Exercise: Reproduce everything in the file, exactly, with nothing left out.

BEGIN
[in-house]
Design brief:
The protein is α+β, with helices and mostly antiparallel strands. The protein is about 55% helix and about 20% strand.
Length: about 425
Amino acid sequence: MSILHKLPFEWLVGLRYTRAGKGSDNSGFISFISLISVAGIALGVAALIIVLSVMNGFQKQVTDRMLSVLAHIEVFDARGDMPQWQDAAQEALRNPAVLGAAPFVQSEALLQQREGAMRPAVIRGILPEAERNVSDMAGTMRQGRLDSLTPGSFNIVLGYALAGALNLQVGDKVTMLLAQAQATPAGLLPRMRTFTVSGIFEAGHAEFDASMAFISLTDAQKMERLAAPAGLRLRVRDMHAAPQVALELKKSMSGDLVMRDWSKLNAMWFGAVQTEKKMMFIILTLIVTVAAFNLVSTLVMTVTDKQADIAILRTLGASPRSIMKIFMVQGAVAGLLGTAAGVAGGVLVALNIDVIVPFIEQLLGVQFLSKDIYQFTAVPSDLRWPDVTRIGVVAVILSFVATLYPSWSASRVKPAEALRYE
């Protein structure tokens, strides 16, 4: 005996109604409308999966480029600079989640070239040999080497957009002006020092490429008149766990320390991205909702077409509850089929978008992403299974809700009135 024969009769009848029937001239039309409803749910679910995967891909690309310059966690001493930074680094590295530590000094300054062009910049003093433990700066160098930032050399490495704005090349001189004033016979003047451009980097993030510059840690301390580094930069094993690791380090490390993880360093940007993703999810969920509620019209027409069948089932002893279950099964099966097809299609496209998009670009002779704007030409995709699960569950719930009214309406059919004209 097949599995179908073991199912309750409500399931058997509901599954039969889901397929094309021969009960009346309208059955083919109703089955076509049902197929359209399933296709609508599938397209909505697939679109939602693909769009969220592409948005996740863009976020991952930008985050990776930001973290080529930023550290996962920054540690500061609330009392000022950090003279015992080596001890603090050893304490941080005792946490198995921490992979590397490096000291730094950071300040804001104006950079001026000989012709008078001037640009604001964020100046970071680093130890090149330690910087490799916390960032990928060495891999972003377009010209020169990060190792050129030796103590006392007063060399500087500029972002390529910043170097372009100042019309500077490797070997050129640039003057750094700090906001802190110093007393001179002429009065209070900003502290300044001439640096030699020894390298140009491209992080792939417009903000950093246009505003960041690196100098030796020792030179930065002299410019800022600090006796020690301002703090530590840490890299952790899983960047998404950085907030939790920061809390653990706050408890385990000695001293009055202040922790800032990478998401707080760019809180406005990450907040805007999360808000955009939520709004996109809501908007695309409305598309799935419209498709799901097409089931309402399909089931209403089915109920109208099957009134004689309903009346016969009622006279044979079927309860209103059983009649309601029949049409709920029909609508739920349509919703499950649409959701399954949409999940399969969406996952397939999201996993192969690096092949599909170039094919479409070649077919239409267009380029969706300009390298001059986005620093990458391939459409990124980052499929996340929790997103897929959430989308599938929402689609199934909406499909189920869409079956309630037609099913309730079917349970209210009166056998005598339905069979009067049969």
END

[in-house]
Design brief:
The protein is α+β, with helices and mostly antiparallel strands. The protein is about 55% helix and about 20% strand.
Length: about 425
Amino acid sequence: MSILHKLPFEWLVGLRYTRAGKGSDNSGFISFISLISVAGIALGVAALIIVLSVMNGFQKQVTDRMLSVLAHIEVFDARGDMPQWQDAAQEALRNPAVLGAAPFVQSEALLQQREGAMRPAVIRGILPEAERNVSDMAGTMRQGRLDSLTPGSFNIVLGYALAGALNLQVGDKVTMLLAQAQATPAGLLPRMRTFTVSGIFEAGHAEFDASMAFISLTDAQKMERLAAPAGLRLRVRDMHAAPQVALELKKSMSGDLVMRDWSKLNAMWFGAVQTEKKMMFIILTLIVTVAAFNLVSTLVMTVTDKQADIAILRTLGASPRSIMKIFMVQGAVAGLLGTAAGVAGGVLVALNIDVIVPFIEQLLGVQFLSKDIYQFTAVPSDLRWPDVTRIGVVAVILSFVATLYPSWSASRVKPAEALRYE
């Protein structure tokens, strides 16, 4: 005996109604409308999966480029600079989640070239040999080497957009002006020092490429008149766990320390991205909702077409509850089929978008992403299974809700009135 024969009769009848029937001239039309409803749910679910995967891909690309310059966690001493930074680094590295530590000094300054062009910049003093433990700066160098930032050399490495704005090349001189004033016979003047451009980097993030510059840690301390580094930069094993690791380090490390993880360093940007993703999810969920509620019209027409069948089932002893279950099964099966097809299609496209998009670009002779704007030409995709699960569950719930009214309406059919004209 097949599995179908073991199912309750409500399931058997509901599954039969889901397929094309021969009960009346309208059955083919109703089955076509049902197929359209399933296709609508599938397209909505697939679109939602693909769009969220592409948005996740863009976020991952930008985050990776930001973290080529930023550290996962920054540690500061609330009392000022950090003279015992080596001890603090050893304490941080005792946490198995921490992979590397490096000291730094950071300040804001104006950079001026000989012709008078001037640009604001964020100046970071680093130890090149330690910087490799916390960032990928060495891999972003377009010209020169990060190792050129030796103590006392007063060399500087500029972002390529910043170097372009100042019309500077490797070997050129640039003057750094700090906001802190110093007393001179002429009065209070900003502290300044001439640096030699020894390298140009491209992080792939417009903000950093246009505003960041690196100098030796020792030179930065002299410019800022600090006796020690301002703090530590840490890299952790899983960047998404950085907030939790920061809390653990706050408890385990000695001293009055202040922790800032990478998401707080760019809180406005990450907040805007999360808000955009939520709004996109809501908007695309409305598309799935419209498709799901097409089931309402399909089931209403089915109920109208099957009134004689309903009346016969009622006279044979079927309860209103059983009649309601029949049409709920029909609508739920349509919703499950649409959701399954949409999940399969969406996952397939999201996993192969690096092949599909170039094919479409070649077919239409267009380029969706300009390298001059986005620093990458391939459409990124980052499929996340929790997103897929959430989308599938929402689609199934909406499909189920869409079956309630037609099913309730079917349970209210009166056998005598339905069979009067049969």